X
= the lead time (or revrew period plus lead time) demand which has
a p-d.f. f x ( X )
E ( - ) = mathematical expectation
X+
= maximum value of X and 0, i.e., X^ = Max{x, O}.
<
Assumptions :
1. The lead time L consists of n mutually independent components. The i-th component
has a minimum duration a; and normal duration b;, and a crashing cost per unit time
c2
cn. Then, it is
c;. Further, for convenience, we rearrange c; such that cl
clear that the reduction of lead time should be first on component 1 because it has the
minimum unit crashing cost, and then component 2, and so on.
2. For the continuous review case, the length of the lead time L does not exceed an inventory
cycle time Q / D so that there is never more than a single order outstanding in any cycle.
< <
- -â
<
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L. - Y.Ouyang & B. -R. Chuang
For the periodic review case, the lead time L does not exceed the review period T so
that no more than a single order will be outstanding at any moment.
If the demand per unit time, Y, has a probability distribution with mean pi and variance
c?, then the distribution of the demand during the length of time t is a t-fold; that is,
the demand Y during t follows a p.d.f. fy(y) with mean fit and variance 6%.
Continuous Review Model
this section, we assume that inventory is continuously reviewed. An order quantity of size
Q is ordered whenever the inventory level drops to the reorder point r . The reorder point r
= expected demand during lead time
safety stock, and the safety stock = k x (standard
deviation of the demand during L), i.e., r = p L + k a a , where k is the safety factor. When
the lead time demand X has a p.d.f. fx(x) with mean p L and standard deviation ofi, the
+
/
.
P 0 0
expected demand shortage at the end of cycle is given by E(X - r)+ =
( X - r ) fx(x)dx;
r
and thus the expected number of backorders per cycle is QE(X - r ) + and the expected
number of lost sales per cycle is (1 - ft)E(X - r ) + , where 0 <, ft 1.
he expected net inventory level just before the order arrives is r -fi L (l-/?)£( -r)+,
and the expected net inventory level at the beginning of the cycle is Q r - p L (1 ft)E(X- r)+ when an order lot Q arrives. Therefore, the expected holding cost per cycle
<
+ r - f i +~(1 - Q)E(X
+
+
+
- r)+].
Under the Assumption 1 as in the above section, if we let L. denote the length of
lead time with each component having a normal duration, and Li be the length of lead
time with first i components 1, 2, - - - ,1 crashed to their minimum duration and the rest
n
bj and
components are normal duration, then L. and Li can be expressed as L. =
j=l
i
oj
Li =
j= l
+
n
X bj,
i = 1,2, -
j=i+1
. , n, respectively; and hence the lead time crashing cost
i- 1
C(L) per cycle for L E [Li7Li_l] can be written as C(£=
- L)
+ X cj(bj - a,).
j= 1
With the preceding statements, the expected total cost per cycle is given by
T (Q, r, L) = ordering cost
+ holding cost + lead time crashing cost
Notice that the stockout cost term is not included in the objective function.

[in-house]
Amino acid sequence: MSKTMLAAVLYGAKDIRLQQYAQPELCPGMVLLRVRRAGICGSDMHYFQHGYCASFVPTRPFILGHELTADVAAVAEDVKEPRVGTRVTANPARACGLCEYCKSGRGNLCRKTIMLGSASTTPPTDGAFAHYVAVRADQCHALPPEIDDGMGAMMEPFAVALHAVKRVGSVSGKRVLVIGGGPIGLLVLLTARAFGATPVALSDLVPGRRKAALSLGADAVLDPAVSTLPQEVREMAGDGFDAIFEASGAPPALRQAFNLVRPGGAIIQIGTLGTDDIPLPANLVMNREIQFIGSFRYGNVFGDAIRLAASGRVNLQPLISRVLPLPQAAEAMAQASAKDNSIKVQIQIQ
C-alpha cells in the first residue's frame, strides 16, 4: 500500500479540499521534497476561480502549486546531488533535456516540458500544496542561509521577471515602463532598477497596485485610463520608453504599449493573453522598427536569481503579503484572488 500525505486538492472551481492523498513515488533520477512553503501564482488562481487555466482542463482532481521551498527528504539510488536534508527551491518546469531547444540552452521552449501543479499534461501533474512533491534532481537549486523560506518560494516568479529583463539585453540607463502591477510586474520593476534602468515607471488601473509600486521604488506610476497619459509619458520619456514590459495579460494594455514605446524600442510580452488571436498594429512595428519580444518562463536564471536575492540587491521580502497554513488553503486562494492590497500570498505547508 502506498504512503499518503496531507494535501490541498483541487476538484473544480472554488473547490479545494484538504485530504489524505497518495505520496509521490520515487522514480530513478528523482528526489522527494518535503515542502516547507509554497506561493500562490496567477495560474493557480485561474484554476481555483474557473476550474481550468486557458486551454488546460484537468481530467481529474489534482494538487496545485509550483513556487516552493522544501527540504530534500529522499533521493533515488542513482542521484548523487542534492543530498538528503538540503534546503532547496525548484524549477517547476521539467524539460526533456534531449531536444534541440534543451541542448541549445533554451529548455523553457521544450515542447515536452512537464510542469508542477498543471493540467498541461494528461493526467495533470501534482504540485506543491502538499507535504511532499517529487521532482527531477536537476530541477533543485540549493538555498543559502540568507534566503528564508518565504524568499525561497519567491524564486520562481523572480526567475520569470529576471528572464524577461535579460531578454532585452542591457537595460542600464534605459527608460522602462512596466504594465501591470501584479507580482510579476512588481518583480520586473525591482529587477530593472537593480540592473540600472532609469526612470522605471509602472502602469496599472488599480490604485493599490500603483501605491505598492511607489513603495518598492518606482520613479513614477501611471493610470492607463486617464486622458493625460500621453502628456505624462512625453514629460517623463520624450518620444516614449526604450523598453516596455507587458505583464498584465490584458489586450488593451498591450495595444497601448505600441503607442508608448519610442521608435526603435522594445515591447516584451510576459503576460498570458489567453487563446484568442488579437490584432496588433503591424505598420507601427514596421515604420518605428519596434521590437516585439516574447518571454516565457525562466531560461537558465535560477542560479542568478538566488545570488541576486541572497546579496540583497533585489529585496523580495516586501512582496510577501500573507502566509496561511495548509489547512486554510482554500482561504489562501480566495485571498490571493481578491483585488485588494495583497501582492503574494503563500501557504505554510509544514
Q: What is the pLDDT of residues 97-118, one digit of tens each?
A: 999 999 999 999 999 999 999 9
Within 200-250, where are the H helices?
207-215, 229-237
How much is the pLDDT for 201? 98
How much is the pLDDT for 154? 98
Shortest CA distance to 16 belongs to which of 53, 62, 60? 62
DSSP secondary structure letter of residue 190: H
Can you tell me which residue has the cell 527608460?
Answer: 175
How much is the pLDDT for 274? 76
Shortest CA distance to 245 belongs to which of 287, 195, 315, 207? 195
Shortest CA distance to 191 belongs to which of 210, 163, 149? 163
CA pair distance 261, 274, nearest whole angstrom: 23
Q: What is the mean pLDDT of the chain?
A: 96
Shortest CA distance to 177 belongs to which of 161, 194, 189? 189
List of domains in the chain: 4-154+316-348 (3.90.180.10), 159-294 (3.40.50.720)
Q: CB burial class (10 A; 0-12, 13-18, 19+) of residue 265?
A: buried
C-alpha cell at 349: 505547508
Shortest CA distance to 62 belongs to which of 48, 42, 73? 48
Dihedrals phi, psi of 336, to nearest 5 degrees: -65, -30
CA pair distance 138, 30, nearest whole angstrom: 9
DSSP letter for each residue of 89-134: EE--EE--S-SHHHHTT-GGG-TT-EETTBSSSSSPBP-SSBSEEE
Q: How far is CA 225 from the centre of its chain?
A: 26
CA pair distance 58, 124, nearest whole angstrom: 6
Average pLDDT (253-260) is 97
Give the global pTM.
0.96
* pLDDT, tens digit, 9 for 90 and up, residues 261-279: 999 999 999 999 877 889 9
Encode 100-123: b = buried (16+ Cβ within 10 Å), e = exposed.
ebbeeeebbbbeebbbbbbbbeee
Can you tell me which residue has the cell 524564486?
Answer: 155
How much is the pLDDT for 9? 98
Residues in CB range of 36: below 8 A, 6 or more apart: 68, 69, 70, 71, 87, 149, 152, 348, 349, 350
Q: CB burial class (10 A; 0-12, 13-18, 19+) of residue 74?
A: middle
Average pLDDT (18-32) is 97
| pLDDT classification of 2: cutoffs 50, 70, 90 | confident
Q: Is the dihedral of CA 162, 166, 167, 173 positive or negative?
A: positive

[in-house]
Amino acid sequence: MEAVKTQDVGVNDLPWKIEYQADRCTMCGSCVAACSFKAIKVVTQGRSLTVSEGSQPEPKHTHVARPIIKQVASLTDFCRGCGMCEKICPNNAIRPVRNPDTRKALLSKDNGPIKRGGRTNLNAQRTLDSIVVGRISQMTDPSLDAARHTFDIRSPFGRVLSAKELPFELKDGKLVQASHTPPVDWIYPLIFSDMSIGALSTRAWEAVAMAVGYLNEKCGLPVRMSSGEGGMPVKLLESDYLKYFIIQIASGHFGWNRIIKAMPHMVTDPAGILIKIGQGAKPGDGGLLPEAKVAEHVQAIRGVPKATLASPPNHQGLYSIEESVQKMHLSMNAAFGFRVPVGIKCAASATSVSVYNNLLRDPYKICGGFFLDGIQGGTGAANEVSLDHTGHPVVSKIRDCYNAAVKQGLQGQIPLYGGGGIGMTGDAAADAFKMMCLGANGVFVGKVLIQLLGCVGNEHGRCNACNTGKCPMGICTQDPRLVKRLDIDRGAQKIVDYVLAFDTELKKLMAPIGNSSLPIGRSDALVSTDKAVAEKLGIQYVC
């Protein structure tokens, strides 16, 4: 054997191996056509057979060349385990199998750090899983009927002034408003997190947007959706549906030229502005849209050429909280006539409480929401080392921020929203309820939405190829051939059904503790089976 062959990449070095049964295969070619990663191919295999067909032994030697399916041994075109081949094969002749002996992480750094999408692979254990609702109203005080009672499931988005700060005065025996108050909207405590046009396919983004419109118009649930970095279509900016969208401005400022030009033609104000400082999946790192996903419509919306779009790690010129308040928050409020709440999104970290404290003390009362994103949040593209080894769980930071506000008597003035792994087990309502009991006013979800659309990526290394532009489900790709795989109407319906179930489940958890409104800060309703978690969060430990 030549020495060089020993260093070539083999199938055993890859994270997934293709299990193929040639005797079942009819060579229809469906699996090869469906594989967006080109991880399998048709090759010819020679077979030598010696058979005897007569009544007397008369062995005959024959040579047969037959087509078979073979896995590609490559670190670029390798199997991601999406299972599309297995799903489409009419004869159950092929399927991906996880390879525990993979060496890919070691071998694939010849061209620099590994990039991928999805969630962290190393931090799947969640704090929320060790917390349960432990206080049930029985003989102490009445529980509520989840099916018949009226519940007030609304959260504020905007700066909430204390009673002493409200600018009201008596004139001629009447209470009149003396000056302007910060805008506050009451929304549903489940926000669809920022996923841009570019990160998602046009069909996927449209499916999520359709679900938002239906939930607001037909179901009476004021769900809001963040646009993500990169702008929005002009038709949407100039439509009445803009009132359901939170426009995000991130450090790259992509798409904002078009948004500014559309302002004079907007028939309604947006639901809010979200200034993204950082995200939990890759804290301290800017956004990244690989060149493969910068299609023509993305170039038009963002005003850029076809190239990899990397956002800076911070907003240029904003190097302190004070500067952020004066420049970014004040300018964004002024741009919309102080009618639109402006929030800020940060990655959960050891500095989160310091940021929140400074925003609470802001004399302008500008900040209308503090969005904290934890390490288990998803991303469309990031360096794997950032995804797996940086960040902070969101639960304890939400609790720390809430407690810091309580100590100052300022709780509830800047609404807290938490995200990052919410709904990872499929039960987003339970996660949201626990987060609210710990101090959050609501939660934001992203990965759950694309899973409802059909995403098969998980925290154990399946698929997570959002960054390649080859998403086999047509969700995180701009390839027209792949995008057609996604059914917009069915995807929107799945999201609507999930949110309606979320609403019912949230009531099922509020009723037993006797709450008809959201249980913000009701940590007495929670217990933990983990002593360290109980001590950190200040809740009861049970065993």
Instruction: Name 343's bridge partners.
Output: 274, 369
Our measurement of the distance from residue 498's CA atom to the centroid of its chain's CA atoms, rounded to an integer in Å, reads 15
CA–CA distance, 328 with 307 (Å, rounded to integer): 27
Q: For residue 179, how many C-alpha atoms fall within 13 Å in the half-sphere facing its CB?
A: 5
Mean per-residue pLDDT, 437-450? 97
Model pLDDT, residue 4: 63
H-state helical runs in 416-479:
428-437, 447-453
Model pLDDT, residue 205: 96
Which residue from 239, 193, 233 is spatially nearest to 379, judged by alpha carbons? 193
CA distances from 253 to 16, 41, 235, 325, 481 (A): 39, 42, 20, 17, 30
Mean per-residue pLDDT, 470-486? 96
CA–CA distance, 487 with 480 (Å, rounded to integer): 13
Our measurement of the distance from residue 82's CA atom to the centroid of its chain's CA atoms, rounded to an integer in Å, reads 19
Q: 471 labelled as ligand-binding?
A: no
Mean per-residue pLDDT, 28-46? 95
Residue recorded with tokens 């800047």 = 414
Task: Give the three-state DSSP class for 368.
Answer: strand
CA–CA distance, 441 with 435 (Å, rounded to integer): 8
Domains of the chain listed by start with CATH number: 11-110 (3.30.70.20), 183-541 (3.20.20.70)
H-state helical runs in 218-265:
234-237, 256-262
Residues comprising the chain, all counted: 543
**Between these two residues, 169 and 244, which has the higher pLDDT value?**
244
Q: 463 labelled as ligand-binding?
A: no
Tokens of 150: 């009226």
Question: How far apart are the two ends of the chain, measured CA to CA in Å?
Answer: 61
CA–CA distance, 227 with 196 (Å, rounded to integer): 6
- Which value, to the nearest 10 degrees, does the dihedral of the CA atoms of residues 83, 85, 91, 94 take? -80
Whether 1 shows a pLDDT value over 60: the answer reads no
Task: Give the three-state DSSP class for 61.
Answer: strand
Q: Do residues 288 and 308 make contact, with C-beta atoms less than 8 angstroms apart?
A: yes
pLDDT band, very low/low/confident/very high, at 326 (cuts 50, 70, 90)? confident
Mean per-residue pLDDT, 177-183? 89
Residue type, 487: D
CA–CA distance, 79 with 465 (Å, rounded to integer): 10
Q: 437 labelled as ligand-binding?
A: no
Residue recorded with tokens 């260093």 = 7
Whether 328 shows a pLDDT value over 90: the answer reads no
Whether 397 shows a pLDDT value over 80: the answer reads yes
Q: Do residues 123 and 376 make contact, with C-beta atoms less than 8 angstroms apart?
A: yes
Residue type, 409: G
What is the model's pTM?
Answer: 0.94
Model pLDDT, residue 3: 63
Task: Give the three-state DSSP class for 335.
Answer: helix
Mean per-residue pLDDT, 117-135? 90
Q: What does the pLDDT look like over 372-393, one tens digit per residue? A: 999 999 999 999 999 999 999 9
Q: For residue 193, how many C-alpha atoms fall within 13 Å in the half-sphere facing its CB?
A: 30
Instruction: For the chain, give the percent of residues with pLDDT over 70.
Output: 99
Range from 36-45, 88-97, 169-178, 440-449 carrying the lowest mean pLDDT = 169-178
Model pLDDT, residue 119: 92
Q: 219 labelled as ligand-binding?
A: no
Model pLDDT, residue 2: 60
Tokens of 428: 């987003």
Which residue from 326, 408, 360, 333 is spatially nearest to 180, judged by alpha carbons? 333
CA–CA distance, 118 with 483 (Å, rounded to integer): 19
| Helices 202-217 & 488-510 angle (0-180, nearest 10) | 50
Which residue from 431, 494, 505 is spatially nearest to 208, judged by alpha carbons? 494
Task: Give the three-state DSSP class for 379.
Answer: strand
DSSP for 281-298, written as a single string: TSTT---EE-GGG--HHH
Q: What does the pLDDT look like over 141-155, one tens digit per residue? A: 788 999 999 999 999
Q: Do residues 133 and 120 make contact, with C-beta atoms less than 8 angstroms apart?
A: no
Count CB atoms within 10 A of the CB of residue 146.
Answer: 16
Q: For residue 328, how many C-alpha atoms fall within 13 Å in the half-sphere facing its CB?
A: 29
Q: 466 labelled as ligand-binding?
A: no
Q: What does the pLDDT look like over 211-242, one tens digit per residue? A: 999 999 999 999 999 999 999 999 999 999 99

Because the backorder rate Q is a random variable with p.d.f. g(.P\ the expected back-
1
1
order rate is MP =
ftg(Q)dp. And the expected order number per year is D / Q , therefore,
the expected total annual cost is
Our objective is to minimize the expected total annual inventory cost, subject to a
constraint on service level. That is, the mathematical model of this problem can be expressed
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A Minimax Distribution Free Inventory Models
as follows:
Subject to
E ( X - r)+
Q
a.
Since the form of the probability distribution of lead time demand X is unknown, we can
not find the exact value of E ( X - r)+. Hence, we use minimax distribution free procedure to
solve our problem. If we let T denote the class of p.d.f.'s with finite mean p L and standard
then the minimax distribution free approach for this problem is to find the
deviation (TV^,
most unfavorable p. d.f. fx in T for each (Q, r , L) and then minimize over (Q, r, L); that is,
our problem is to solve
Subject to
E ( X - r)+
Q
5 a.
For this purpose, we need the following proposition which was asserted by Gallego and
Moon [B].
Proposition
For any fx 6 T,
Moreover, the upper bound (5) is tight.
Given that r = p L + ko'^/L, and for any probability distribution of the lead time demand
X, the above inequality always holds. Then, using inequality (5) and considering the safety
factor k as a decision variable instead of r , the model (4) is reduced to
Min EAC(Q, k, L) = DIA+c(L)l + 9 ' + h 0 f i , k
Q
2
Subject to
(d- k) 5 2aQ.
2
- M&/--^
(6)
aVI
The inequality constraint in model (6) can be converted into equality by adding a nonnegative slack variable, S2.Thus, the Lagrangean function is given by
D[A
+
Q
+ I.Q
+ h ( T A + ;(l
2
^
- Mp) (G-
where A is a Lagrange multiplier.
Notice that, for any given (Q, k, A, S ) , EAC(Q, k, L, A, S ) is a concave function in L 6
[Li, L;because
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L.- Y. Ouyang & B. -R. Chuang
Hence, for fixed (Q, k, A, S ) , the minimum expected total annual cost will occur at the end
points of the interval [Li,
On the other hand, we can further prove that, for any
given L G [Li,L;_l], EAC(Q, k9L, A, S) satisfies the Kuhn-Tucker necessary conditions for
minimization problem and it gets the slack variable S2= 0 (hence, the inequality constraint
in model (6) will become an equality). Therefore, for fixed L G [Li,
the minimum